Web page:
With the recent uptick in local hate crimes, the city says no more

By C.S. Hagen
FARGO – Fargo City Commissioners passed a resolution to establish the city as a hate-free community on Monday, and one commissioner voted against the bill.

The resolution was originally written by the American Federation of Labor and Congress of Industrial Organizations, or AFL-CIO, and passed unanimously by the Human Relations Commission in September, before it was handed over to city officials. The resolution requires city leaders to officially recognize hate crimes, speak out when hate crimes are committed, and puts additional pressure on the city to become a more inclusive city.

City Commissioner Dave Piepkorn was the lone voice against the resolution, which passed before a room full of concerned citizens.

“It doesn’t accomplish anything,” Piepkorn said after the meeting. “We got more important things to do.”

Human Relations Commission Chair Rachel Hoffman presented the resolution saying it was a statement about Fargo being an inclusive community, and that the city will no longer tolerate hate crimes.

“Asking us to weigh in on an inclusive memorandum for our city, the exact same resolution went before Moorhead, and will go before West Fargo, and will be a regional approach to the issue of inclusion,” City Commissioner John Strand said.

He reminded city leaders and the crowd present that this was the week that white supremacist rallies and counter rallies were planned days following the Charlottesville, Virginia AltRight rally that left one woman, Heather Heyer, dead.

“That is part of the context about inclusion, and we want to be positive and inclusive of all people,” Strand said. He went on to point out that weeks ago Amazon was looking for a city to invest in, and people asked “Why not Fargo?” Strand said.

“Inclusion is a fundamental requirement by Amazon,” Strand said. “They will only move to a community that is inclusive, and this is a contemporary topic and one we should be embracing in every regard, and we should always be respectful of every individual, and protecting of every individual.”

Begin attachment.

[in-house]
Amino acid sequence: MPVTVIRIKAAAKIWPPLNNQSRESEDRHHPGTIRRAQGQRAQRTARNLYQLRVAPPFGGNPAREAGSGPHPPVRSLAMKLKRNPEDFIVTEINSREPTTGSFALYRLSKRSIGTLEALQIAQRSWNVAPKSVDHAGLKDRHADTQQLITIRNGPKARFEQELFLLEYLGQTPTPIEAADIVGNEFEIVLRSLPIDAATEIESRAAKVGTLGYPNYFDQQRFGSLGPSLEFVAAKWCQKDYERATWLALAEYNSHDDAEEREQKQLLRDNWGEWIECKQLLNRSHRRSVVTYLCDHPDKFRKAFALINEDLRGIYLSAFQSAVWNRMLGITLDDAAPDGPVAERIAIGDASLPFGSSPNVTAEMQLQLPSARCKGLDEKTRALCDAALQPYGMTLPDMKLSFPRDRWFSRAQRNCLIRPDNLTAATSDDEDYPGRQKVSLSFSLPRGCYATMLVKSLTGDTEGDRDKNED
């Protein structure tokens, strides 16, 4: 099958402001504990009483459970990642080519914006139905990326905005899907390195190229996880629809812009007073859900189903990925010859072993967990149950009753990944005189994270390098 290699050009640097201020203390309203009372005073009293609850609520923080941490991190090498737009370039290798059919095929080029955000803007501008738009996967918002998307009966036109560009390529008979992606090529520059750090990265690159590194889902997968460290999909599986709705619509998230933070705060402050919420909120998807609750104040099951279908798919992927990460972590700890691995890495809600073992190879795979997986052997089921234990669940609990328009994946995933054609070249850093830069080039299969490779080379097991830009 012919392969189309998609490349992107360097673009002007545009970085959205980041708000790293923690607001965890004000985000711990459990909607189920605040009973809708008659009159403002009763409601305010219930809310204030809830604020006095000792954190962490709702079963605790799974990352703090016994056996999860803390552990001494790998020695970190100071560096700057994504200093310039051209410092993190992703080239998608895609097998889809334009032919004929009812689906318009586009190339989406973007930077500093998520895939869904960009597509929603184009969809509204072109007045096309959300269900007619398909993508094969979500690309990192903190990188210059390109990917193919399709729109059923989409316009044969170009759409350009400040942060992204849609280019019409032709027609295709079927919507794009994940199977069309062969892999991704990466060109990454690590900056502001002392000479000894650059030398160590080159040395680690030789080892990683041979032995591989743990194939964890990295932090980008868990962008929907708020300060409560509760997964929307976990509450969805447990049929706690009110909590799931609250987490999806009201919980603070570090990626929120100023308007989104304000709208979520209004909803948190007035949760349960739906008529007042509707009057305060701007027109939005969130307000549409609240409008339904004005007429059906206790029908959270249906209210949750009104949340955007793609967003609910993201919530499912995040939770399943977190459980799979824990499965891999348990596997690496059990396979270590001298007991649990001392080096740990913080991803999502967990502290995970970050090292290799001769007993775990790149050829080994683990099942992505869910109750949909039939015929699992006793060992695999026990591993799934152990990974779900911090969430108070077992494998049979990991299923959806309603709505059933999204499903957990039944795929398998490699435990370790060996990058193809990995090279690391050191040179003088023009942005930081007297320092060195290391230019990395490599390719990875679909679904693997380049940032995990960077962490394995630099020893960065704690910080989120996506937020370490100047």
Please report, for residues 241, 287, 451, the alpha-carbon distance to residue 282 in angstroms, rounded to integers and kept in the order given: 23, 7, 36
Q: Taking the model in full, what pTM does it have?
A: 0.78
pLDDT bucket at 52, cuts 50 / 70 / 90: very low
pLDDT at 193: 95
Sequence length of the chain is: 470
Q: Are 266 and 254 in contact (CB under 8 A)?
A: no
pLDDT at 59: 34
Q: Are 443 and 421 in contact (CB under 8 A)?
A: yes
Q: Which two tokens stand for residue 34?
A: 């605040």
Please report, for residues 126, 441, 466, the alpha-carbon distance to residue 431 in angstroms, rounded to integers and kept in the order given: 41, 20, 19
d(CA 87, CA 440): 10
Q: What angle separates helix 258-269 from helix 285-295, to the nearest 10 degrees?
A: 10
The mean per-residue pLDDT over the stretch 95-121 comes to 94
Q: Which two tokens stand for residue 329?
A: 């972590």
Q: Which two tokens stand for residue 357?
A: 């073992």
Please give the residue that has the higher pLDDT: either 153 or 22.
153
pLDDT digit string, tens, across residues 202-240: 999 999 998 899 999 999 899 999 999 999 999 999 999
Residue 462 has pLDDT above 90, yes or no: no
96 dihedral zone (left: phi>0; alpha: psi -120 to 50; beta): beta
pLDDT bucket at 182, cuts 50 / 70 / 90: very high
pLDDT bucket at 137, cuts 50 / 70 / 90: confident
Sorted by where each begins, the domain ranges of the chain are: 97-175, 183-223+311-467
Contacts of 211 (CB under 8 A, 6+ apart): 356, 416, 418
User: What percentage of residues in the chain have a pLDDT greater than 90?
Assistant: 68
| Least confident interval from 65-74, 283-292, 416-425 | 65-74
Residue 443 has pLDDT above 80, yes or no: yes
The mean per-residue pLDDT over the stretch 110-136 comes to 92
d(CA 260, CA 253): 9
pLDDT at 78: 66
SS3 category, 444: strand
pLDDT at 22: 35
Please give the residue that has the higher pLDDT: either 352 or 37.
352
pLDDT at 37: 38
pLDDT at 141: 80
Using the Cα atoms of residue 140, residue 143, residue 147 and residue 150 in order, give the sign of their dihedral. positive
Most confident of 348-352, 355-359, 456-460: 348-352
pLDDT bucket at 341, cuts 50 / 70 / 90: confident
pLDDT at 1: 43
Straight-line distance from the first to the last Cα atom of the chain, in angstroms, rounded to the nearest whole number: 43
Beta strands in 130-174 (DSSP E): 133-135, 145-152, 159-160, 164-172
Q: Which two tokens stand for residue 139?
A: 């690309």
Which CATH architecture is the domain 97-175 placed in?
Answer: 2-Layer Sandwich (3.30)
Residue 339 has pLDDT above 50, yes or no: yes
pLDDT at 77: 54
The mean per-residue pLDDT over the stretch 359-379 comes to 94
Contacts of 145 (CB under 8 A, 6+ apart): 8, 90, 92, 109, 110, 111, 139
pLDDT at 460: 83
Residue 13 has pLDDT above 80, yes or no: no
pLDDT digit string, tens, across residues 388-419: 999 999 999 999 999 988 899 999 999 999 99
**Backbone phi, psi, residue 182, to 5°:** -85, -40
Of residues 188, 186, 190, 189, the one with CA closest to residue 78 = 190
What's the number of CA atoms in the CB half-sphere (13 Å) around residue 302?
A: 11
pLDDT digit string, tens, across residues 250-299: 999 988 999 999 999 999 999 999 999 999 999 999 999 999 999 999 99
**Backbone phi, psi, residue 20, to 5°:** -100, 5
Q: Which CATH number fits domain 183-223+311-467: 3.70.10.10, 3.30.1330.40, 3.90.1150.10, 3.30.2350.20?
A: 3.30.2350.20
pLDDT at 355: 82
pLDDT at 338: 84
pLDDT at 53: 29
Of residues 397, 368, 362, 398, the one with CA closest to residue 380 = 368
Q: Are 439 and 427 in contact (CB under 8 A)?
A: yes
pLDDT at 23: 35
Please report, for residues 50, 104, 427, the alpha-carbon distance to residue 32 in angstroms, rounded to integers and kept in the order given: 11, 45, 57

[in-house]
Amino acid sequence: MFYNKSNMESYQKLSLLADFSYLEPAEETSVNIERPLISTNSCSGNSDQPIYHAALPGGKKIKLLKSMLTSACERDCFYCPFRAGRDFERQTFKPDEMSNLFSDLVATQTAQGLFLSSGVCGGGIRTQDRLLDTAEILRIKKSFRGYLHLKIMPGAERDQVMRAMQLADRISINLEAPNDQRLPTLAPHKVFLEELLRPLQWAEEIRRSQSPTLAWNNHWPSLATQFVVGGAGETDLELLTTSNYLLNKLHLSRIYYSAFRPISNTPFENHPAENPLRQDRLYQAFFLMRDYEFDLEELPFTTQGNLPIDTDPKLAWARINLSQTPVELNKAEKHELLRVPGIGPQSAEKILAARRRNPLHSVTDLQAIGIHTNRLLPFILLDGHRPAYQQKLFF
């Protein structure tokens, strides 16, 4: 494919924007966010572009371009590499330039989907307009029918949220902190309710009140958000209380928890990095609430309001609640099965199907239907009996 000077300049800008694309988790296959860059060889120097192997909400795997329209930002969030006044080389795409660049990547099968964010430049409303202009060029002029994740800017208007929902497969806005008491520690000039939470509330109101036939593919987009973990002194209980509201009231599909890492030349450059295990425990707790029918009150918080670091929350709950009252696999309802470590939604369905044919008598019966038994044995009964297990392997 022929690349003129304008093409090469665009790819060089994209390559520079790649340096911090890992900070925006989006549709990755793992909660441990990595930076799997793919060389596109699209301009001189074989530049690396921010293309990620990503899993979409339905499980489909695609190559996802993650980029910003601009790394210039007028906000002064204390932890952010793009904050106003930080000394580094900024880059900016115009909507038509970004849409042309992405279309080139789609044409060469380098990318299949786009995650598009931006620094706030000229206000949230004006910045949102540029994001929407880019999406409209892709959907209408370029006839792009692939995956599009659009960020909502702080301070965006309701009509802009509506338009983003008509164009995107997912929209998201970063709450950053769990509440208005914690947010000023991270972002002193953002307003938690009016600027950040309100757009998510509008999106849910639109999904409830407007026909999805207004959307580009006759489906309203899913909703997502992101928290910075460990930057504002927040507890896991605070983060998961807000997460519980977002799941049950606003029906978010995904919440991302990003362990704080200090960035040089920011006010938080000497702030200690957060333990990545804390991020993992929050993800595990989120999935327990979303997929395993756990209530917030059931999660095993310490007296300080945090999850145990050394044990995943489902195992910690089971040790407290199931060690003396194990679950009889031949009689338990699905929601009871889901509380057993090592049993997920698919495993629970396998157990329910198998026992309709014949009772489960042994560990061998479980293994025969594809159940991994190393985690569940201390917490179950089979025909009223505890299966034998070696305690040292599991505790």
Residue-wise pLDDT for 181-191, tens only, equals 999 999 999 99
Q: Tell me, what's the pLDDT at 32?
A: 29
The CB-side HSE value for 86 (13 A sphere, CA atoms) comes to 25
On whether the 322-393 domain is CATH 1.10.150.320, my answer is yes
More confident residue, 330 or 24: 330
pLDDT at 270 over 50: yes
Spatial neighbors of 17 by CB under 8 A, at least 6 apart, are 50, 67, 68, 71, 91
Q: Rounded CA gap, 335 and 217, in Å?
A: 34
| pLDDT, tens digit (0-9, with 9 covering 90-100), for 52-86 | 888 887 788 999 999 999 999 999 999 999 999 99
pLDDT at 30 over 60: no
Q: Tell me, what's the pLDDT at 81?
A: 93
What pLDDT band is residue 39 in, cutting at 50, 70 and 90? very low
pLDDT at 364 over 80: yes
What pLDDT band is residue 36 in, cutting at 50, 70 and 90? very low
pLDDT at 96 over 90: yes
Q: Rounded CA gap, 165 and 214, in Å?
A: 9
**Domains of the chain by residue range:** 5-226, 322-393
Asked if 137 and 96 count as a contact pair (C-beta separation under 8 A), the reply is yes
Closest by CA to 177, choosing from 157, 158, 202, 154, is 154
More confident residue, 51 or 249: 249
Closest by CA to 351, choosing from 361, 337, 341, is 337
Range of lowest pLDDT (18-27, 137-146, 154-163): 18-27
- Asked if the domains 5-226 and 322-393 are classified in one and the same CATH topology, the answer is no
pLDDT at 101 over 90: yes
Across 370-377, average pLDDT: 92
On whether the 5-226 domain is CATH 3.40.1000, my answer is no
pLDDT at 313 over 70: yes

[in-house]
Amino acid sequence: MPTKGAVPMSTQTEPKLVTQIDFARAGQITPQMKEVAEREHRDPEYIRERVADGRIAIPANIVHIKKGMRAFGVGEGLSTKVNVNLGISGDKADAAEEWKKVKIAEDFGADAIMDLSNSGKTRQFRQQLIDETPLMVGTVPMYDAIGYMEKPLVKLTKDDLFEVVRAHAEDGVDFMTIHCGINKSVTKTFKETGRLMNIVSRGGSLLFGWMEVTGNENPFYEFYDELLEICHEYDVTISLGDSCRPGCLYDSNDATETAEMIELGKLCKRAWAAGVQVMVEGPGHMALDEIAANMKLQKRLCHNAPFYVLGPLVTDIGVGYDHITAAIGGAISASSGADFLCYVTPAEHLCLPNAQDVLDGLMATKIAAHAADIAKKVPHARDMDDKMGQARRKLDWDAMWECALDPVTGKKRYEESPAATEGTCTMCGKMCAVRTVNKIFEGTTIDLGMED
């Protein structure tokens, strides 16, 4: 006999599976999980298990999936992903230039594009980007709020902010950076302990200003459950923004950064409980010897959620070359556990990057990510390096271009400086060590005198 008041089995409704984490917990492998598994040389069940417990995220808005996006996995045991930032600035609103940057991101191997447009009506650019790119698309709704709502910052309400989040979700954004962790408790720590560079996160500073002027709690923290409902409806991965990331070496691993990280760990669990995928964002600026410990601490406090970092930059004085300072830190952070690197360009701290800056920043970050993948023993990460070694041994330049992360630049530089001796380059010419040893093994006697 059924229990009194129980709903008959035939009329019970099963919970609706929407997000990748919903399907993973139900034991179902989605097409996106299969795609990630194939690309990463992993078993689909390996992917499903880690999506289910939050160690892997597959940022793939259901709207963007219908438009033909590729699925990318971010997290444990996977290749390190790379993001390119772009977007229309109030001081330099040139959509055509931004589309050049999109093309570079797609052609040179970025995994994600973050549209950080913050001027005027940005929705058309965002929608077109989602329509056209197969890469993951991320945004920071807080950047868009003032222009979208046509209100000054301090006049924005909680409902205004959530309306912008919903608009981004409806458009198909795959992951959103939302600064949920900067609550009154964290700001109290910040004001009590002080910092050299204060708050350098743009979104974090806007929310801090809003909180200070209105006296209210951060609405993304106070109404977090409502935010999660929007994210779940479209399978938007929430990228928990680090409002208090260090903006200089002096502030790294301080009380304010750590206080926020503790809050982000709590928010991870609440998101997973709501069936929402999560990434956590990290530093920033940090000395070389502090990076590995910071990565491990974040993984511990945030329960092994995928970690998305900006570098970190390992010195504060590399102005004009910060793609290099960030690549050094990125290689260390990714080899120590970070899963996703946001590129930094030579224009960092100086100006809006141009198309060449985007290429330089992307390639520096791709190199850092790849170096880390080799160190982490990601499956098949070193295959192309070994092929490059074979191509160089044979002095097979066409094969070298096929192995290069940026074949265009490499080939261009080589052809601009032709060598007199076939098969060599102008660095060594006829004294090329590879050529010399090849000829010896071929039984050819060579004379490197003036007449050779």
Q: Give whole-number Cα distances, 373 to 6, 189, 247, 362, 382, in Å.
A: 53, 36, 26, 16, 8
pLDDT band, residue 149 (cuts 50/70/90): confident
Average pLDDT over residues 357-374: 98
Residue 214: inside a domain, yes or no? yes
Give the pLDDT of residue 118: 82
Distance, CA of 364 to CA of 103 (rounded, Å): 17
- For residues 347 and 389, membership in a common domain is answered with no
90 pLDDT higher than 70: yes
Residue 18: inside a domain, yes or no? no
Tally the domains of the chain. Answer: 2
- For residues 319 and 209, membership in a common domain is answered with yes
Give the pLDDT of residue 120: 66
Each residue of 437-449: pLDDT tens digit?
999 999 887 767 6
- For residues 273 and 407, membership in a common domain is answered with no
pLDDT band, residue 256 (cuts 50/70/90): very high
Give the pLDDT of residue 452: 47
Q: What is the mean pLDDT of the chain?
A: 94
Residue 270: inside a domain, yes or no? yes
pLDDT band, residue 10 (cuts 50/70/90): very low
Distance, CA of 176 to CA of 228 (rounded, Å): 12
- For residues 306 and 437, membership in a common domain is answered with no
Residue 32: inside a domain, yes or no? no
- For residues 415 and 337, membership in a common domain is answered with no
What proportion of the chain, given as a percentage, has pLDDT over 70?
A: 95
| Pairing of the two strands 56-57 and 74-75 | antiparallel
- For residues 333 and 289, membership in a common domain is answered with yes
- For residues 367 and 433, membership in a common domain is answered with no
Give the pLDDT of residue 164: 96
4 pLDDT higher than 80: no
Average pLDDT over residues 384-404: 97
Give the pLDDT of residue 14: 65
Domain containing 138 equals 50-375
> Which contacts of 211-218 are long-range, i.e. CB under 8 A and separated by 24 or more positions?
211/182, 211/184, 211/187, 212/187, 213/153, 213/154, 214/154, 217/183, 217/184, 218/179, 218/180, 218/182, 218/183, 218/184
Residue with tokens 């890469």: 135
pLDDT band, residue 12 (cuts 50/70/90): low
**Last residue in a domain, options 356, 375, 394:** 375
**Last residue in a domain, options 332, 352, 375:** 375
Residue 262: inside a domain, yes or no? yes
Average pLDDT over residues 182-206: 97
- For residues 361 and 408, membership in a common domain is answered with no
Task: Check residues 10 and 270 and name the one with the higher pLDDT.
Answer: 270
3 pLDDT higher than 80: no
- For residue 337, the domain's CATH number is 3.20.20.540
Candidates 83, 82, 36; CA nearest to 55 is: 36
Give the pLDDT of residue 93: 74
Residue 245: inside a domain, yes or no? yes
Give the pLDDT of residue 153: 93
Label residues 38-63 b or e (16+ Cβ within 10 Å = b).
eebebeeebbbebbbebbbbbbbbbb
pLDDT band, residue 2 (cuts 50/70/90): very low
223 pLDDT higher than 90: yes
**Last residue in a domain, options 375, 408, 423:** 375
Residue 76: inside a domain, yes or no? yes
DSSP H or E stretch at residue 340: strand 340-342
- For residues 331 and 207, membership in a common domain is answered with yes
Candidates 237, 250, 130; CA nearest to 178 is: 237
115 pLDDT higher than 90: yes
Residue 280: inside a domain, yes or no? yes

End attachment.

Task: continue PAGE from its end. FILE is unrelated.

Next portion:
North Dakota currently does not have hate crime legislation; Minnesota does. Already in 2017, Fargo has documented at least six crimes that were racially motivated, or are being investigated as potentially racially motivated crimes.

Barry Nelson, of North Dakota Human Rights Coalition, is one of the leaders who plans to propose hate crime legislation to state government in 2018. An attempt at establishing hate crime laws was previously made, and failed, but today, North Dakota is second in the nation for hate crime incidents, per capita.

To combat hate crimes, which are different than crimes of a similar nature, laws must be made, advocates of hate crime legislation say. Hate crimes are different because they are based on hate, intolerance, and misunderstanding, and victims can possibly be chosen at random, as in the case at a local Walmart when Amber Elizabeth Hensley screamed, “We’re going to kill all of you…” to three Somali American women this summer.

The resolution comes at a time when the city is also looking into discovering the costs of refugees, a movement spearheaded by Dave Piepkorn, who sees refugee resettlement as an “unfunded mandate,” and maintains that the state should have more of a say in deciding how many refugees it can take per year.

During the same city commissioners’ meeting,, Fargo Cass Public Health Director Ruth Roman gave a report saying her agency looked at the Family Health Care Center, Lutheran Social Services of North Dakota, and Cultural Diversity Resources for interpreting services, and decided the city should stick with Family Health Care Center.

Typically, $25,000 is used per year for translation and interpreter fees, but the costs are increasing up to approximately $36,000, Roman said.

Currently, Fargo is footing the bill for translation and interpretation fees on medical issues, monies which are not entirely used on refugees. International students, visitors, among others, are included in such services, Roman said.

“Yes, some of this is for our new Americans,” Roman said. “But not all are refugees.”

Interpretation services must be offered to obtain other federal monies, Roman said. At first she relied on family members to help translate, but that tactic proved to be unreliable at best.

“We should be getting reimbursed, this is Fargo money and it’s very confusing and I’m not that bright of a guy,” Piepkorn said. He added that 80 percent of the refugees coming to North Dakota are brought to Fargo.

“I’m asking about tax monies, and I don’t apologize for asking these questions,” Piepkorn said. “What’s funny is that they’re the ones calling me racial epithets, isn’t that funny? But I got thick skin.”

“I want us to be cautious that we do not single any groups out,” Strand said. “All citizens deserve equitable treatment under the law.”